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Raphis

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  1. Your scenario (especially with elusive silver halfs) has happened to me numerous occasions over the years. Just recently, I was detecting a very small park that has produced countless silver dimes, a few silver quarters, and hundreds of wheat pennies over the years. My buddies and I have zig zagged over the same ground at this small park many dozens of times, and on this one recent hunt, I hadn’t found but a few wheats, until I ended up finding a walker half, which was the first silver half dollar we have found at this little park after hundreds of previous hours of hunts...you just never know! Congrats on your barber Half!!
  2. Congrats on your hard earned oldies, Joe! 👍🏼Do you feel confident there’s gotta be more elusive oldies at that park? I always go back to a spot I found oldies from a previous hunt....embrace the challenge!! Good Luck! Raphis - Dan
  3. That’s true because Park/Field 1 modes on the Nox are internally lower frequency weighted, which is better suited to higher conductive targets (pennies, dimes, etc). Park/Field 2 modes are internally higher frequency weighted, and are better suited for fine jewelry and other low conductors, such as nickels. I still find deep nickels in Park/Field 1, but I’ve always wondered how much deeper I could hit a nickel in Park/Field 2. Congrats on another great day of hunting!! 👍🏼
  4. Fantastic hot spot! 👍🏼👍🏼 Those road trips of yours are ultra productive!! Congrats!
  5. GB, The park I hunted is one of the oldest in LA. Not sure it’s “The oldest”, but it has produced more barbers/injuns than any other park in LA for me. Thanks for the help on the barber date! I’m still not real sure of the date after looking at the coin countless times..🤔
  6. Hello Friends, Last Thursday, I had a couple hrs of free time to go on a hunt. I decided to try my luck at one of the older parks in my locale. This park has been hunted so many times by the locals over the years, not to mention I have hunted this park over 100 times in the past 13 years (but only about 10 times with my Nox). This park has a plethora of non-ferrous trash, iron, and a good bit of EMI, which obviously can mask an older, deeper find. I love the challenge this park poses to the old coin TH’er. It’s not a very large park, either, but the old coins/tokens/jewelry (7-9+”) were numerous here. I have over 300 silver from this park, over 1500 wheat pennies, and close to 100 indian pennies. However, a decent half day hunt from this park today would be 5-6 wheats, and maybe an injun if you’re lucky. Finding silver from this park today is a real challenge. So, for a couple hrs last week, I took my Nox to this park, with the hopes of digging a few oldies. I noise cancelled and ground balance my machine in the area I was gonna hunt. My machine was still jumpy from EMI, but that’s the norm at this park. I wasn’t willing to drop my sensitivity below 23 because the deeper targets are quite faint/obscure with respect to audio. If you swing your coil too fast or too slow you’ll go home empty handed. I saw some older plugs just a few feet from where I was hunting from a couple months back (I remember finding a few silver/wheats on that short hunt back then). My first target I located sounded like a deep injun, but it turned out to be the enameled copper/brass Star Of David pin. My next target was so obscure and deep, that I had to swing/wiggle my coil from every direction possible for over a minute just to tell myself that I should dig this target. The ID numbers were bouncing all over the place (from deeper iron and nearby shallow trash), but I narrowed my coil wiggles over the spot that was repeating mid 20’s ID’s. At 6”, my pinpointer was still silent at the bottom of the hole. It was hard to say if I had to dig deeper or widen my hole. There’s a mod I made to my Propointer that increases the depth by almost 2” (you can find the mod on a number of YT vids, so with the mod engaged on my propointer, I started to hear the target off to one side at the bottom of my plug. After a couple more inches of hard-packed dirt removed from my plug, I saw a flash of silver. It was dime sized and well worn. After reading the date, I couldn’t initially tell if it was 1892 or 1902....What do you guys think the date is??? It’s a Philly mint. I was so pumped after finding that coin!! I rechecked the bottom of the plug with my pinpointer and there was another target next to the dime, but it was only a small, rusty nail. I only dug some deeper pieces of aluminum and a couple bullets in the immediate area to the barber dime over the next 30 min, so I decided to finish my short hunt at an adjacent section to my parked car. That’s where I found the Rosie and all the wheats, along with the Bally’s Aladdins Castle token. It was a very successful, short hunt for me that produced some elusive oldies. With deep, elusive, partially masked targets in the ground, one can never give up hunting a site with that criteria. Let it “rest” for a while if you get skunked on a hunt at a site like this, but never say “I’m never going back there again because there’s nothing left to find!”....the most elusive keeper finds are also the most rewarding to find! HH, Raphis - Dan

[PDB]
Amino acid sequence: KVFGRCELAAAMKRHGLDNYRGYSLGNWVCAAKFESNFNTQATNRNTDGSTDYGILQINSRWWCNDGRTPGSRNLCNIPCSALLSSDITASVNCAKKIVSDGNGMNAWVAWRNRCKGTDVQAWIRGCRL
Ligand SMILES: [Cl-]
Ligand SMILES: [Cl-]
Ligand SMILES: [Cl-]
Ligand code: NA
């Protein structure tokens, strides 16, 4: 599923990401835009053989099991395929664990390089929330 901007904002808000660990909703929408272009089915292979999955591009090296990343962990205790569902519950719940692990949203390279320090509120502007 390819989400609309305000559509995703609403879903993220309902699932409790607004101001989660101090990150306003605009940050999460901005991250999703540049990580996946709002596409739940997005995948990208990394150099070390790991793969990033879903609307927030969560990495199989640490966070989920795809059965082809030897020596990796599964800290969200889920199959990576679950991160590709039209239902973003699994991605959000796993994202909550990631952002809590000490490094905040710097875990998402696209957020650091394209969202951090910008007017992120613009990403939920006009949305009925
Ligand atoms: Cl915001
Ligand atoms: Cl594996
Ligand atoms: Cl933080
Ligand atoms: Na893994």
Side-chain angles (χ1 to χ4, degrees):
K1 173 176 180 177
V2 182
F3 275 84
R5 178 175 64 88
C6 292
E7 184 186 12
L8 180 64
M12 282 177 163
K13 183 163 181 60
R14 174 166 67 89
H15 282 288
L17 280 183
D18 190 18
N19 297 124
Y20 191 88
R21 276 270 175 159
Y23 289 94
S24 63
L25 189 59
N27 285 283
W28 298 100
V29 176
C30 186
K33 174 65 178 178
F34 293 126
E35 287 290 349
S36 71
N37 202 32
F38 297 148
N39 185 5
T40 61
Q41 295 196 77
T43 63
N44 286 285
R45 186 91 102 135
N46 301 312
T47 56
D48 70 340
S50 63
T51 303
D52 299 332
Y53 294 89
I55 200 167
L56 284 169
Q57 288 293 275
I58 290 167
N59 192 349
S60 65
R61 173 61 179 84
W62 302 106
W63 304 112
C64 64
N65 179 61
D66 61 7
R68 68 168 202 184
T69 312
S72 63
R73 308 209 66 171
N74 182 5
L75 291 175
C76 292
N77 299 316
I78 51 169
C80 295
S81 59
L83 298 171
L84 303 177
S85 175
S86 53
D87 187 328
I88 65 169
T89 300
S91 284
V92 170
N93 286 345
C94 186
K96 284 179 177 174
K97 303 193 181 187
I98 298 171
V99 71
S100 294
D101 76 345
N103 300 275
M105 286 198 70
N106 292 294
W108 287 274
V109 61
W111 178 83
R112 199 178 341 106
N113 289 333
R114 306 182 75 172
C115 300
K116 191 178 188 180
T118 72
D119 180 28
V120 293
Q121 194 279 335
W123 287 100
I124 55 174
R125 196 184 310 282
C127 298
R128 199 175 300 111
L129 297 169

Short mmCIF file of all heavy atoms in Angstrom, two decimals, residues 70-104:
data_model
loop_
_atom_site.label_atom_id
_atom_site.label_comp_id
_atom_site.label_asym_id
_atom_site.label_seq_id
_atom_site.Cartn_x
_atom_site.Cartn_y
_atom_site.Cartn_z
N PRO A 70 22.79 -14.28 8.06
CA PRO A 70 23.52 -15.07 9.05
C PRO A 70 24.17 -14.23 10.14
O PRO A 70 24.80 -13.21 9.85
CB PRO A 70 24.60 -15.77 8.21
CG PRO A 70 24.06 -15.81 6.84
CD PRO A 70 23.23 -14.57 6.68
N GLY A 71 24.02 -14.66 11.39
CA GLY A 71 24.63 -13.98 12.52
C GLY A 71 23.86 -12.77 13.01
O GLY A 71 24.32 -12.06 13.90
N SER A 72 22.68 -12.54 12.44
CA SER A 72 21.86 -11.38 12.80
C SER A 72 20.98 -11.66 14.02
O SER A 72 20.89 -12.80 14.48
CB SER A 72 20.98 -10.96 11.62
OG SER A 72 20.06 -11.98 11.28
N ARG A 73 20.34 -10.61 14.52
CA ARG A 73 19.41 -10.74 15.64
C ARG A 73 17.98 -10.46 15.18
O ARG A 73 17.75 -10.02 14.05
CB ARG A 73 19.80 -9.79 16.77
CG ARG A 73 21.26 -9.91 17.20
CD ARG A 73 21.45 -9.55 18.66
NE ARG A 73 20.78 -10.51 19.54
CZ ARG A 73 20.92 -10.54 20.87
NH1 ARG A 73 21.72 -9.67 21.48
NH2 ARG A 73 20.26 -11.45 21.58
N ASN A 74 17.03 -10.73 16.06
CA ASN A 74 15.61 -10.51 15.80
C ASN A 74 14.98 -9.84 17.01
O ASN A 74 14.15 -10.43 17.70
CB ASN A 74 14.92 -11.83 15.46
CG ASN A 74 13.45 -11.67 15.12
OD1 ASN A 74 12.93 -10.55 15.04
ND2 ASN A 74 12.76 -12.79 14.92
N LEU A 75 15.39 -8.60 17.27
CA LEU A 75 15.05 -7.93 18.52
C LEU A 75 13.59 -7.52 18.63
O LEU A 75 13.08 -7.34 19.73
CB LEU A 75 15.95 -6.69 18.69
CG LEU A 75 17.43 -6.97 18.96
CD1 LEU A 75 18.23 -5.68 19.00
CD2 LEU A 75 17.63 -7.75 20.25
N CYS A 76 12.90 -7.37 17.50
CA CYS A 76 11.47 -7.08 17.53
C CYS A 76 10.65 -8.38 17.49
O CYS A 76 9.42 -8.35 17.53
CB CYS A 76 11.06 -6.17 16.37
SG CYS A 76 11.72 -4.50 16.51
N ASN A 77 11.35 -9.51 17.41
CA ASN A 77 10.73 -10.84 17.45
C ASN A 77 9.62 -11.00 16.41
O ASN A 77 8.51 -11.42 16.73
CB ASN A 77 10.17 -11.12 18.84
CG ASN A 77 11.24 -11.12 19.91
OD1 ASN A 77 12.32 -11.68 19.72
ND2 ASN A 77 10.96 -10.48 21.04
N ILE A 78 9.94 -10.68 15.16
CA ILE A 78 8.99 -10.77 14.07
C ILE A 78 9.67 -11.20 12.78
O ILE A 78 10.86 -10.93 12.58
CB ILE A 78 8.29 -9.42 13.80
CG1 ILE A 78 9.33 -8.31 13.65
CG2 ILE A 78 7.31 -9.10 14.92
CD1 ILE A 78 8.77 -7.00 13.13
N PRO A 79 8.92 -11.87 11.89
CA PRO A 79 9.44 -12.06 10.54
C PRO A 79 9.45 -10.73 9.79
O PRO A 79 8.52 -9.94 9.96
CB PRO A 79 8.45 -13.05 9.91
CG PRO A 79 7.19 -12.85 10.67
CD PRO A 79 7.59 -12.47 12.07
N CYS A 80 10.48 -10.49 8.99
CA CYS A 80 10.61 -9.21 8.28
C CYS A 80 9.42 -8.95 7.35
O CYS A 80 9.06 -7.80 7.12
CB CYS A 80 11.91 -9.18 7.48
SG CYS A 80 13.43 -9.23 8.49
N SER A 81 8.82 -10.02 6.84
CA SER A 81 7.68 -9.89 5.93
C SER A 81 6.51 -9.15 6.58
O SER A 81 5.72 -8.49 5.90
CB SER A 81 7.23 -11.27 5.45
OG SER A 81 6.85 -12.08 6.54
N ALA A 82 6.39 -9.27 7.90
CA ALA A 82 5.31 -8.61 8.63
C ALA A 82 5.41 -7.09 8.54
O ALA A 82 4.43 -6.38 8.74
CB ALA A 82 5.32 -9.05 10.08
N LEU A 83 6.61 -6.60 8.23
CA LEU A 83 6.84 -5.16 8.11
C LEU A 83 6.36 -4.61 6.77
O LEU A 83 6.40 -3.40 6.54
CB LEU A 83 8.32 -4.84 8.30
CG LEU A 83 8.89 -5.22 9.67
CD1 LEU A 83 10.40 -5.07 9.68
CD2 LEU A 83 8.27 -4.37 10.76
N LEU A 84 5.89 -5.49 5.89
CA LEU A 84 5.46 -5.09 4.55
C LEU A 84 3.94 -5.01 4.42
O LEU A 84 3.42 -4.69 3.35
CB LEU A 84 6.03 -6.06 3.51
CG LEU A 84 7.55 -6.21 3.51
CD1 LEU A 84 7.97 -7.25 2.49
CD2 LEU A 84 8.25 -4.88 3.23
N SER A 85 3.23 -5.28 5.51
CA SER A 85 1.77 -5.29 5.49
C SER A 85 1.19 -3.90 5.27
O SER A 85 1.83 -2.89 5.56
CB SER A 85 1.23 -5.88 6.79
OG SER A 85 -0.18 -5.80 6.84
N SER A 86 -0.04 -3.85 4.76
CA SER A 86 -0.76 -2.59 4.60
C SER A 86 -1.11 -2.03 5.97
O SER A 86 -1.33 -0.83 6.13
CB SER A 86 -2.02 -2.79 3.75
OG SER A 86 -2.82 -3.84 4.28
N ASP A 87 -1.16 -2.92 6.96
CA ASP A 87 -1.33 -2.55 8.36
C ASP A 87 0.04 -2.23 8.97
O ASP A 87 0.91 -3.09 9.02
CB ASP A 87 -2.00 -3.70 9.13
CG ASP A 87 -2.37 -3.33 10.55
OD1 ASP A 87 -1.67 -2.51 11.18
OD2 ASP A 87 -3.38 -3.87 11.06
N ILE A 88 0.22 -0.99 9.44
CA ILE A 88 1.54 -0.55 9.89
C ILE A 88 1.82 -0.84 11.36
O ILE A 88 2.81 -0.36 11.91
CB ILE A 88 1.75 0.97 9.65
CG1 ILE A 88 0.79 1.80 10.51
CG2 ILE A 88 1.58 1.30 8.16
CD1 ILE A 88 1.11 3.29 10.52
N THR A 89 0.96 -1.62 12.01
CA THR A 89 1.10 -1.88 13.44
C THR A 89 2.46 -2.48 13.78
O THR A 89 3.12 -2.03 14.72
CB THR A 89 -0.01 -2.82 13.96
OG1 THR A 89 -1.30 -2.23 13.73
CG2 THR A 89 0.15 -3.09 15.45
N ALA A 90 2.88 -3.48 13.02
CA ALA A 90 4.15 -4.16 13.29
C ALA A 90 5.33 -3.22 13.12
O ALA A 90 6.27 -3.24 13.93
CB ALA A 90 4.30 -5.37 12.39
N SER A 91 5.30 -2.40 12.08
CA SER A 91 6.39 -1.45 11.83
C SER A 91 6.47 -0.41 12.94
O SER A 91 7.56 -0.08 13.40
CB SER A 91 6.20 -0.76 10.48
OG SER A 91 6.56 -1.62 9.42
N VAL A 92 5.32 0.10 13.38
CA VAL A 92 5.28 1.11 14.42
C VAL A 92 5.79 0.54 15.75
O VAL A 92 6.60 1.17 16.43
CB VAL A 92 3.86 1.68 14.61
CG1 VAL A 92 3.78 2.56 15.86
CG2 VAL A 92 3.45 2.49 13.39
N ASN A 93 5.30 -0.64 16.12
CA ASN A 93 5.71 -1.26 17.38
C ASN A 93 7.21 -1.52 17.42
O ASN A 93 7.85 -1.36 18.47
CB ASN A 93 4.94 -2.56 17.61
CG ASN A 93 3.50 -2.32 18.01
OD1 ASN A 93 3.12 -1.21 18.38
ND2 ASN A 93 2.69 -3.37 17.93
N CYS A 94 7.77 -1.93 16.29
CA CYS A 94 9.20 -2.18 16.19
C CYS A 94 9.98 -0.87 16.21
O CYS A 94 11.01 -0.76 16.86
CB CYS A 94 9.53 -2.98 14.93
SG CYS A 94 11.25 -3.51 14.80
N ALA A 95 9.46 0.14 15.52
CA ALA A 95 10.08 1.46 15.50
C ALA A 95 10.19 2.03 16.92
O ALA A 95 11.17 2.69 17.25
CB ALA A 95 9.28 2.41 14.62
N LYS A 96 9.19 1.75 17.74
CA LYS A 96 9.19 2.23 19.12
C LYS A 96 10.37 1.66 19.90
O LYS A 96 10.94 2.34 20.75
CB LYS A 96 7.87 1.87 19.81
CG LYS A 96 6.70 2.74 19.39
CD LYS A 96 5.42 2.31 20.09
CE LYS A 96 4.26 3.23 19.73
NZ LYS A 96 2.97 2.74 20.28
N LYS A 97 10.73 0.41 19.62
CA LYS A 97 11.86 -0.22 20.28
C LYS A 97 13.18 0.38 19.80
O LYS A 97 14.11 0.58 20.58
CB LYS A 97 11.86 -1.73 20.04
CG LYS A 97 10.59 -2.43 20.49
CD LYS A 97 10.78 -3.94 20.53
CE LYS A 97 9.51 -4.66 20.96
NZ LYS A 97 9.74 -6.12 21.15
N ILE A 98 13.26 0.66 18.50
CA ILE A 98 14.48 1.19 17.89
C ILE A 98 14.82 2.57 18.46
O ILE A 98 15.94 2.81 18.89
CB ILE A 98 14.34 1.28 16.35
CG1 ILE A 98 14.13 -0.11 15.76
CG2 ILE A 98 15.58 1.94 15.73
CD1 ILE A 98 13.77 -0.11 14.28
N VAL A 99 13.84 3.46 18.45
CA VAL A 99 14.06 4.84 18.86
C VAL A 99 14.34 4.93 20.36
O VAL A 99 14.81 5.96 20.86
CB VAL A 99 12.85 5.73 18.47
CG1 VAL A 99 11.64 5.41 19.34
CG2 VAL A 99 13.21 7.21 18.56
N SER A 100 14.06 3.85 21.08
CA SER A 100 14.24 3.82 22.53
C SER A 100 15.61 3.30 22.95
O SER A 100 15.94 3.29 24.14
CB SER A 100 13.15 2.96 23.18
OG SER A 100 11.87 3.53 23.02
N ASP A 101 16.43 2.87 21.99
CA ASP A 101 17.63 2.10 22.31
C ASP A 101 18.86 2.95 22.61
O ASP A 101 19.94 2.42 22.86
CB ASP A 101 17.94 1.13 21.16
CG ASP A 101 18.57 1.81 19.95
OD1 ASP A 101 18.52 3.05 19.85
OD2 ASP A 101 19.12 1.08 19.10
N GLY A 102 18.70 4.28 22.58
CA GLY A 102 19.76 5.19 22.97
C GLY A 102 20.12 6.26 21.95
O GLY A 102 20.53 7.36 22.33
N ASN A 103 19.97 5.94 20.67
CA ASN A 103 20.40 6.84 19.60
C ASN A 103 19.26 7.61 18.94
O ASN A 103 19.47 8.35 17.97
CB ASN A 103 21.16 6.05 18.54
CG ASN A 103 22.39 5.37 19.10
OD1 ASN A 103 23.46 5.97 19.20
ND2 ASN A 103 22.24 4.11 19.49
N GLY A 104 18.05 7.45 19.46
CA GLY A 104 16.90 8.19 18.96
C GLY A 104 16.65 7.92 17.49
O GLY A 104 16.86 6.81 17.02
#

7. A wartime Jefferson nickel no doubt. If Dan soaks that in lemon juice for a few hrs (or more), it should look a lot more like a nickel.
  8. Congrats on your best silver day ever! 👍🏼 Your hunt brings back quite a few great memories for me...I’ve hunted parks in my locale for years that produced silver days from the low teens to the mid twenties...even one park nearly 150 miles from me that produced a 31 silver day (my PB). All of these parks were just regular, old parks from the ‘20’s-40’s era, without any ground movement. Those days around me are long gone, unfortunately. I wish I could go on extended road trips like you do, but that’s not possible for me at the moment...maybe someday! Anyway, I’m rambling......Congrats again on your memorable hunt! HH, Dan - Raphis